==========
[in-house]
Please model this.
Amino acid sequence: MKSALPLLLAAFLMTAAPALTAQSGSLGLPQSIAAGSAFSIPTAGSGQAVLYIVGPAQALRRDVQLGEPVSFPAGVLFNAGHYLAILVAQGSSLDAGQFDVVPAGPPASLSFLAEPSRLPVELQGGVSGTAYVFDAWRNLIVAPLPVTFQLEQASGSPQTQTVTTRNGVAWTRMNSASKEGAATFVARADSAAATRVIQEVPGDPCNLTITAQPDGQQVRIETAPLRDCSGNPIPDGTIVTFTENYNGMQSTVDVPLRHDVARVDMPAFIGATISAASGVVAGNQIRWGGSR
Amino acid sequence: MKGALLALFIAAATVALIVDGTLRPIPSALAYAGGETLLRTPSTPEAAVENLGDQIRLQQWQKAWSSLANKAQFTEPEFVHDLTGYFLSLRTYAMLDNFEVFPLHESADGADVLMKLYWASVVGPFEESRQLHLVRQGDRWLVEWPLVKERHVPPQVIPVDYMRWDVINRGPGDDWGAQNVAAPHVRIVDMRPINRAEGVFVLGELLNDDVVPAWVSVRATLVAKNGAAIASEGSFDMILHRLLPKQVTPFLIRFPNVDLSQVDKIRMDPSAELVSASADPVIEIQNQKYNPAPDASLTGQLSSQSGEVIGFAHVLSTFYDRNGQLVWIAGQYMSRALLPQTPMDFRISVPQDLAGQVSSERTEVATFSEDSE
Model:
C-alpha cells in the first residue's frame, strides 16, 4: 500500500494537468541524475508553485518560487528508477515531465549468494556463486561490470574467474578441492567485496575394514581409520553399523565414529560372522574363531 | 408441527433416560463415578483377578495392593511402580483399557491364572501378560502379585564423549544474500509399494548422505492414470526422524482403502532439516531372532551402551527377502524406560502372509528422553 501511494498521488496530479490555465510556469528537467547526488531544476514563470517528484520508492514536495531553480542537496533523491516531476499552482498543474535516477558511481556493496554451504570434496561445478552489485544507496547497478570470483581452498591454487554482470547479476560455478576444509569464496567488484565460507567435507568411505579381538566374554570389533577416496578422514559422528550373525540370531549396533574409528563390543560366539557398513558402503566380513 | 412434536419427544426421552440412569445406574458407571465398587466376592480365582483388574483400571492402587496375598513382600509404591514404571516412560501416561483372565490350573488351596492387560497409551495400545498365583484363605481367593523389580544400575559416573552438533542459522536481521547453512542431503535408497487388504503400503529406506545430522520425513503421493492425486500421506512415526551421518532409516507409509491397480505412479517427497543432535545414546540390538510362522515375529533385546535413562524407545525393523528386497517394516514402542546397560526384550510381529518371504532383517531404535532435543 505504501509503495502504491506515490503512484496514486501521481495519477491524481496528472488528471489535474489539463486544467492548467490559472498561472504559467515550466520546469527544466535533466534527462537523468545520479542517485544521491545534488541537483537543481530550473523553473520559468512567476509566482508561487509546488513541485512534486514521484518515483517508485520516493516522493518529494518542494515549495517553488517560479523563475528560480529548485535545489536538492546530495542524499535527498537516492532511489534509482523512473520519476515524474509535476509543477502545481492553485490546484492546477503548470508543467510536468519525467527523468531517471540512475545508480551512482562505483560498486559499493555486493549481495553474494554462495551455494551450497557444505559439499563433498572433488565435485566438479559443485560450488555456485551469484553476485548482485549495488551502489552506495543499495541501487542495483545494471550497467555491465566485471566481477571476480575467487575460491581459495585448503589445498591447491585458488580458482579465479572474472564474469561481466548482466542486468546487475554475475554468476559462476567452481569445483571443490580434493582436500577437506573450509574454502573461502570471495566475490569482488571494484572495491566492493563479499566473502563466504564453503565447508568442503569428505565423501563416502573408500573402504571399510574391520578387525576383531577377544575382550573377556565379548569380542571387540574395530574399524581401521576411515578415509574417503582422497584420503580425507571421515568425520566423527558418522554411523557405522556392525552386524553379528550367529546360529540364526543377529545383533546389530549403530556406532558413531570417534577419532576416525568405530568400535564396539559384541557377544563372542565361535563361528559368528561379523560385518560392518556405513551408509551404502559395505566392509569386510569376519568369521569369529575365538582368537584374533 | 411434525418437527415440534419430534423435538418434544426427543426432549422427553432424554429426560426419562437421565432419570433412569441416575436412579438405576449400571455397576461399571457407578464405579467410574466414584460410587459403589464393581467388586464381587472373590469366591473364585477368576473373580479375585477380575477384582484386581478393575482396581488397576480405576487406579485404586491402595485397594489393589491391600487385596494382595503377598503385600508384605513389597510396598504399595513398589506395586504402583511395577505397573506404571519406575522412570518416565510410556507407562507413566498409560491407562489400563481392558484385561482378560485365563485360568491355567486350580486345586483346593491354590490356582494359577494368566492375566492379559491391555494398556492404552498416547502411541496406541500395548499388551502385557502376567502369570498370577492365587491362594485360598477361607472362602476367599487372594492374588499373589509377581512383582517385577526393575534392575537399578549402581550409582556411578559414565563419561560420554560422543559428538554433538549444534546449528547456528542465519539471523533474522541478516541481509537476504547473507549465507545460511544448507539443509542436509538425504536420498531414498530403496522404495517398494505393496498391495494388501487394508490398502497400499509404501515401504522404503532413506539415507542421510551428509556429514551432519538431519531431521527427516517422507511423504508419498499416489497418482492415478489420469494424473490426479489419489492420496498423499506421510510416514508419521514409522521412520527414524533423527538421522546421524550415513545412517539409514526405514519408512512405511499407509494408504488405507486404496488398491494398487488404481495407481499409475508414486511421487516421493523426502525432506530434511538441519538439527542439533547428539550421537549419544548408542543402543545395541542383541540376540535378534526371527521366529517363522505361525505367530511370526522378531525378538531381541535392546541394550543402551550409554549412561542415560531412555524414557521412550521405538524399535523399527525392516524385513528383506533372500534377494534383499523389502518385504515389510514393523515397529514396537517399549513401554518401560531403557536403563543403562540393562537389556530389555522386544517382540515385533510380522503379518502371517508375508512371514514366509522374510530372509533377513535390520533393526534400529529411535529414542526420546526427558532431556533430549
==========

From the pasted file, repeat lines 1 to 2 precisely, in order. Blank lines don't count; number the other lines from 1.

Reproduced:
[in-house]
Please model this.